'[s]o that Palfreyman and Miss Trevelyan were reduced to a somewhat dark eddy on the gay stream of trite encounters and light laughter that had soon enveloped them' (Voss 107); '[o]r, suddenly, they would lose control, whirledaround by unsuspected eddies. But willingly. As they leaned back inside theslippery funnels of the music, they would have allowed themselves to be suckeddown, the laughter and the conversation trembling on their transparent teeth'. (Riders in the Chariot 29)
Both these passages intertext with the burning house in Malcolm Lowry'sUnder the Volcano, '[a]nd leaving the burning dream Yvonne felt herselfsuddenly gathered upwards an borne towards the stars, through eddies of starsscattering aloft with ever wider circlings like rings on water' (337). What can be written in words, authored in html by incorporating digitally reworked images and or moving images, made into either video or films, however, does NOT equate to what takes place when any conglomerate intertextuality interacts with the virtual intertextual realms inhabited by readers and the complex identikits therein. There is a continual movement between that which is inside and outside intertextuality in every way in which that phrase can be read.

swinging
Because "Unhelmeted" visits the embodiment of a young child with great anguish as other flesh and as other eyes enmeshed with her personal space, the meeting together of several texts within the body of the poem, "Unhelmeted", then seems appropriate. The fragmentary nature of the poem's assemblage is also an attempt to embody the shattered-ness, which is never fully restored, it seems.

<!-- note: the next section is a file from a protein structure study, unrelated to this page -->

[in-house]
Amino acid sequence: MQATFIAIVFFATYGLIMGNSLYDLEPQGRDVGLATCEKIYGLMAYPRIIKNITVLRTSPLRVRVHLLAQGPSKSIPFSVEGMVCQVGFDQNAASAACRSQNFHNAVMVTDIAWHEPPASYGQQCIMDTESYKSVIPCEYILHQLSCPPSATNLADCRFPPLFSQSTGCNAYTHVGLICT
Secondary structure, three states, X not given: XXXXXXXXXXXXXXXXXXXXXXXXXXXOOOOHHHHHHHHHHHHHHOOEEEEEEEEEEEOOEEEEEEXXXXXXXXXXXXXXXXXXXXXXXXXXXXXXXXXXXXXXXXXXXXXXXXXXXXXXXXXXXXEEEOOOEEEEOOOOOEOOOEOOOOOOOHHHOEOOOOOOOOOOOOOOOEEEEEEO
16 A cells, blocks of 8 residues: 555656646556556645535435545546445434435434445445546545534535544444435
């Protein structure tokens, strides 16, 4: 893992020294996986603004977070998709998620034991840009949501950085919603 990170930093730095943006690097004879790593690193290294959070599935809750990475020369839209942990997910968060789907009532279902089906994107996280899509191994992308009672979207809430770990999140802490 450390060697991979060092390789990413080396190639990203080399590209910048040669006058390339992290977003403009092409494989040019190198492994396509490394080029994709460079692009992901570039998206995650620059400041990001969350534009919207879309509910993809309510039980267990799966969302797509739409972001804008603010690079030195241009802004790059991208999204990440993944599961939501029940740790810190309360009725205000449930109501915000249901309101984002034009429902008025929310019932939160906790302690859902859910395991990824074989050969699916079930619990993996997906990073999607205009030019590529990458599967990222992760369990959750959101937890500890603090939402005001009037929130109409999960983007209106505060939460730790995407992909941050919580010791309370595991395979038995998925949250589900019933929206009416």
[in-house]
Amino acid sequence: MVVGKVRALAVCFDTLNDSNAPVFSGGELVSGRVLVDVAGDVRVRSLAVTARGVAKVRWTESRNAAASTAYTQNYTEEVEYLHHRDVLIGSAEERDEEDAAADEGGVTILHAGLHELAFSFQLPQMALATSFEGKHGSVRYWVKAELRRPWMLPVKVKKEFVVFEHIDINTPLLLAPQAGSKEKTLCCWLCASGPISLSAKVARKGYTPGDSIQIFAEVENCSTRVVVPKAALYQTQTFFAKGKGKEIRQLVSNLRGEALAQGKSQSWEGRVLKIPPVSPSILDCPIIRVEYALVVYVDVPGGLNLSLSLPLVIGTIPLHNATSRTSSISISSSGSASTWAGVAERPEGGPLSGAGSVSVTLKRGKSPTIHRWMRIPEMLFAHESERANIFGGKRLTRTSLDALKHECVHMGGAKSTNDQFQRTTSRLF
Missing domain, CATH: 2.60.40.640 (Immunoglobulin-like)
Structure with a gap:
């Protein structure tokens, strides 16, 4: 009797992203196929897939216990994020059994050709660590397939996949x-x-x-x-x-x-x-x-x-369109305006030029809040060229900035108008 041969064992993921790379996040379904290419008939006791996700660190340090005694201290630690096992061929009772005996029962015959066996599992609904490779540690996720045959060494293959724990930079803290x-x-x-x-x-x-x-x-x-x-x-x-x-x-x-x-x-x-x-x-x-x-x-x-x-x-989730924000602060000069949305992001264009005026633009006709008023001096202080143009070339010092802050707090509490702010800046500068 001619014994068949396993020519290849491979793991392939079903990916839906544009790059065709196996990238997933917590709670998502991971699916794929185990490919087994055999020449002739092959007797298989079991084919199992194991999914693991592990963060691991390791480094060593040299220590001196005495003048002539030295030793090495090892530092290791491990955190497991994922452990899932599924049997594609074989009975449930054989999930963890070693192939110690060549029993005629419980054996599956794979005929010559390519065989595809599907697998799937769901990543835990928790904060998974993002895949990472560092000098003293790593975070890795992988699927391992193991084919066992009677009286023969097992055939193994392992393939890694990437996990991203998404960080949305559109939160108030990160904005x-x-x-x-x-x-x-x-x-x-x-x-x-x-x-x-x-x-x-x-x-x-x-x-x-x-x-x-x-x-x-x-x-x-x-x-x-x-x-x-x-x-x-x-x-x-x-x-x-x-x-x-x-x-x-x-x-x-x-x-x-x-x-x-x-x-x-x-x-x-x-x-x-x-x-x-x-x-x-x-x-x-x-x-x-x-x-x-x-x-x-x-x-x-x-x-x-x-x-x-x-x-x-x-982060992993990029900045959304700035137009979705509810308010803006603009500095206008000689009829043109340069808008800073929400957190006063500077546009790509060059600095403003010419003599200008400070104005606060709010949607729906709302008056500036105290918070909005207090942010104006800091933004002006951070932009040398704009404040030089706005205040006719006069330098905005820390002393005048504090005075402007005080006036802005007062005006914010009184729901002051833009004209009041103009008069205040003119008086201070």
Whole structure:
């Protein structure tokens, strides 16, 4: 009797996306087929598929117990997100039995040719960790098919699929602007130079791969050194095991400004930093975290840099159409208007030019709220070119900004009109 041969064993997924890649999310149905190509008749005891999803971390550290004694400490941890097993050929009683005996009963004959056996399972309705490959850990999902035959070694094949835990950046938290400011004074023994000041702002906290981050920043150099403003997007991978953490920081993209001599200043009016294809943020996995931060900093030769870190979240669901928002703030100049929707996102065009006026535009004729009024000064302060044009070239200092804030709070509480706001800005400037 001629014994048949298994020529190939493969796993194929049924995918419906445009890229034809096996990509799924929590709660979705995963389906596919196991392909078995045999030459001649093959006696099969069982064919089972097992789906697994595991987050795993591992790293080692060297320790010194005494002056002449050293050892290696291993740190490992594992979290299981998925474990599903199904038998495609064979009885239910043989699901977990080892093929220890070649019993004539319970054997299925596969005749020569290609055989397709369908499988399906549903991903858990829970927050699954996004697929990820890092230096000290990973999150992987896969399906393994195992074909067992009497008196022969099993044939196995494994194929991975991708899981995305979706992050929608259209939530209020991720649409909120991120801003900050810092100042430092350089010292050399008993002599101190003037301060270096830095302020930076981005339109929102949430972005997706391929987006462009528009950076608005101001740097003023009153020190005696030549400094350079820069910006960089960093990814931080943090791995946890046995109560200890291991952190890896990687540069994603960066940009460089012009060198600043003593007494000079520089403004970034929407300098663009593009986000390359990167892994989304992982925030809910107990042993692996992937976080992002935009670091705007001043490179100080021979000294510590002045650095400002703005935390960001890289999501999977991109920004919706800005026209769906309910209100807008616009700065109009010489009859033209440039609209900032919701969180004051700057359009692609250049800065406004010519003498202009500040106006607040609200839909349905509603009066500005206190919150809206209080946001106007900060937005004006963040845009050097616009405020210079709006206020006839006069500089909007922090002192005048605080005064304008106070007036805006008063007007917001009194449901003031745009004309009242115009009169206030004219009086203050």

The blue sky seen through Nolan's empty visor, even though a body is present (albeit a headless entity), represents for me the "splitting" that takes place during great pain, especially that associated with violation of one's body.

Wanting to see with "his mind" is perhaps a sub-conscious cry to understand the perpetrator's situation.

Wanting to see with "her" mind is a double-edged cry for the writer of "unhelmeted" because although she wants to see again with the eyes of a child (with her own eyes), one of her perpetrators was female and so, again, there is that strangely child-like desire to "understand" the person behind the mask: that entity which eddies ever outwards and away.

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Diane Caney, 1998
© all rights reserved
 
 

References

  • Clark, Jane, ed. Nolan: Myths, Landscapes and Portraits, 1942 - 1964. Melbourne: Lauraine Diggins Gallery, 1987.

Notes

  • 1. Sidney Nolan, Kelly [as centaur] [imagined detail], 1955, ripolin enamel on hardboard, 81.5 x 100 cm, page 118 of Nolan: Myths, Landscapes and Portraits.